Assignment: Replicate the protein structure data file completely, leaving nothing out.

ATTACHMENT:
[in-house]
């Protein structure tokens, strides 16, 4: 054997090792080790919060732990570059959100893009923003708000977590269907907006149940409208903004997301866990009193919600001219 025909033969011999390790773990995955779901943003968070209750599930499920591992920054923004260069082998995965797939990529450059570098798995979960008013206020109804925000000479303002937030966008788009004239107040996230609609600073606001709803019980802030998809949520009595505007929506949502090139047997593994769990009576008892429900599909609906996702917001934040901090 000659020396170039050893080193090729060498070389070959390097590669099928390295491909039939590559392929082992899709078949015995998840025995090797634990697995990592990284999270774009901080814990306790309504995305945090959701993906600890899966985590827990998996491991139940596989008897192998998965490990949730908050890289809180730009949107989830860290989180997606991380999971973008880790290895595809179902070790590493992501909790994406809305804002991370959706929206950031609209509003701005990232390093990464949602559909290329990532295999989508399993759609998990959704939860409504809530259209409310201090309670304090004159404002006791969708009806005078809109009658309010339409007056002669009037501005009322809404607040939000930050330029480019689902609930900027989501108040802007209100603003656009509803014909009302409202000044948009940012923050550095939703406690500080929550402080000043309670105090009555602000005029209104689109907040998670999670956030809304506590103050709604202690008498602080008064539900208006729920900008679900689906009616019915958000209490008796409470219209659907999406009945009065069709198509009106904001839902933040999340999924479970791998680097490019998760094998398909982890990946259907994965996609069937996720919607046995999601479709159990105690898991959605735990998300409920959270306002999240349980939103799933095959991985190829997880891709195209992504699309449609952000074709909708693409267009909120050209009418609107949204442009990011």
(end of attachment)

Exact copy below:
[in-house]
């Protein structure tokens, strides 16, 4: 054997090792080790919060732990570059959100893009923003708000977590269907907006149940409208903004997301866990009193919600001219 025909033969011999390790773990995955779901943003968070209750599930499920591992920054923004260069082998995965797939990529450059570098798995979960008013206020109804925000000479303002937030966008788009004239107040996230609609600073606001709803019980802030998809949520009595505007929506949502090139047997593994769990009576008892429900599909609906996702917001934040901090 000659020396170039050893080193090729060498070389070959390097590669099928390295491909039939590559392929082992899709078949015995998840025995090797634990697995990592990284999270774009901080814990306790309504995305945090959701993906600890899966985590827990998996491991139940596989008897192998998965490990949730908050890289809180730009949107989830860290989180997606991380999971973008880790290895595809179902070790590493992501909790994406809305804002991370959706929206950031609209509003701005990232390093990464949602559909290329990532295999989508399993759609998990959704939860409504809530259209409310201090309670304090004159404002006791969708009806005078809109009658309010339409007056002669009037501005009322809404607040939000930050330029480019689902609930900027989501108040802007209100603003656009509803014909009302409202000044948009940012923050550095939703406690500080929550402080000043309670105090009555602000005029209104689109907040998670999670956030809304506590103050709604202690008498602080008064539900208006729920900008679900689906009616019915958000209490008796409470219209659907999406009945009065069709198509009106904001839902933040999340999924479970791998680097490019998760094998398909982890990946259907994965996609069937996720919607046995999601479709159990105690898991959605735990998300409920959270306002999240349980939103799933095959991985190829997880891709195209992504699309449609952000074709909708693409267009909120050209009418609107949204442009990011």